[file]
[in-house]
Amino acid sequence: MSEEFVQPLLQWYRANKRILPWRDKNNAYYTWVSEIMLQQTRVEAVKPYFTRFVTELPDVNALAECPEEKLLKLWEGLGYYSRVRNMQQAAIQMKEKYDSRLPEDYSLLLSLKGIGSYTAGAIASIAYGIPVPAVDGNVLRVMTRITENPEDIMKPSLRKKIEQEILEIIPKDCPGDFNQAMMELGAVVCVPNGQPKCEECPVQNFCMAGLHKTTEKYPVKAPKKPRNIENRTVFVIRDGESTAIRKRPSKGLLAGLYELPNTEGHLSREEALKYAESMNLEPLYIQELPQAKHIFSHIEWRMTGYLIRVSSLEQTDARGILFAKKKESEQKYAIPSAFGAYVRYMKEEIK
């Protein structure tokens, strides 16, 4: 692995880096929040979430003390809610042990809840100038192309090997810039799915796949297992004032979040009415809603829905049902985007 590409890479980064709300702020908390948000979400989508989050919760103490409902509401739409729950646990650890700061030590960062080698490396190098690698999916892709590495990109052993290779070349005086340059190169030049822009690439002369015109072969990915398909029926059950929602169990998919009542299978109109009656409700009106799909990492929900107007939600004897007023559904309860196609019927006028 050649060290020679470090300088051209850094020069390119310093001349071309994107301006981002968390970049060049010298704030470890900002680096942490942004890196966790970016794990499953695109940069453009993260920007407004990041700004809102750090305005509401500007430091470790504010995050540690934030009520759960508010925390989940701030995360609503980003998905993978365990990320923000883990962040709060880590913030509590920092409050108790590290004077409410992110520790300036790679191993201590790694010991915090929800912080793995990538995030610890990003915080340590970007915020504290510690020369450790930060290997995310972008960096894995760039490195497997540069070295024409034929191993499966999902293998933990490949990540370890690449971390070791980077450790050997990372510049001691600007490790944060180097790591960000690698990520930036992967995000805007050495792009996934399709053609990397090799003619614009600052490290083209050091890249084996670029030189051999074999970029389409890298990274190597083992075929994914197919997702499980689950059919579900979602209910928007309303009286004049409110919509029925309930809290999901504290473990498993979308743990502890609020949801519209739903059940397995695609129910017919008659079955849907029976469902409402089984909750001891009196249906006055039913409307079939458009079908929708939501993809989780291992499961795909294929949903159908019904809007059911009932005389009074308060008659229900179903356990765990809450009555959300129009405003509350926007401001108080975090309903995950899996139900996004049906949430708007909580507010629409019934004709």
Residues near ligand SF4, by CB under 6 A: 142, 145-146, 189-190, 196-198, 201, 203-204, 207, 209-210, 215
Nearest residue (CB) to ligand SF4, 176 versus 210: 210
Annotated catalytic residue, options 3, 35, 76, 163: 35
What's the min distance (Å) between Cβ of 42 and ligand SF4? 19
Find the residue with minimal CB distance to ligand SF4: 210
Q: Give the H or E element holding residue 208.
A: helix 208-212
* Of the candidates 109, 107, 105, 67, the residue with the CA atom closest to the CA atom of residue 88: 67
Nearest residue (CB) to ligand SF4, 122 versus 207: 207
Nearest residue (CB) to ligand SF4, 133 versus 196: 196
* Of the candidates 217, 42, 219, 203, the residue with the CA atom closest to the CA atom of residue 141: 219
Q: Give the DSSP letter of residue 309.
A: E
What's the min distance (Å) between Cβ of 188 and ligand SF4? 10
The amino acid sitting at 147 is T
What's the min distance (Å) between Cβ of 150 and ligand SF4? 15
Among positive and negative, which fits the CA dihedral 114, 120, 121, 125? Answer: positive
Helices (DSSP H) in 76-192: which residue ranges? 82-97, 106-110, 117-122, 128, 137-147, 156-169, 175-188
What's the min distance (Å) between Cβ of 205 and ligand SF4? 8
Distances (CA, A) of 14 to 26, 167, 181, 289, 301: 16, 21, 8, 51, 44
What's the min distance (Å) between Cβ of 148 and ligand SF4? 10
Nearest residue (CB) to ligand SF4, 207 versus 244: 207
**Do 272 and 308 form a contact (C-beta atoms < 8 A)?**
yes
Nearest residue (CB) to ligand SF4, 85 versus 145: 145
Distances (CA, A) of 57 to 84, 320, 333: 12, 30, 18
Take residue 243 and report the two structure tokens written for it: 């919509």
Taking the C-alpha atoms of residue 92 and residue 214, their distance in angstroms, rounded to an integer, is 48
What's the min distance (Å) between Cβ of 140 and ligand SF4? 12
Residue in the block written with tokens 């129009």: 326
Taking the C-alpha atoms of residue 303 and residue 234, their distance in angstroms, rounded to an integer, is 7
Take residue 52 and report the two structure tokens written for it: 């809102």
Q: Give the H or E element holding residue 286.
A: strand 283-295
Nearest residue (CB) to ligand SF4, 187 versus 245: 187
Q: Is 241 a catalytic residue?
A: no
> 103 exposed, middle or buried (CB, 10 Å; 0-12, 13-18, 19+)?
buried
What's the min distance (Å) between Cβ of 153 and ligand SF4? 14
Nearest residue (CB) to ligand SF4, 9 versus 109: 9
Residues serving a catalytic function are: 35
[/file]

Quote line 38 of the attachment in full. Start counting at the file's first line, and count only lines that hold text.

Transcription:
Nearest residue (CB) to ligand SF4, 187 versus 245: 187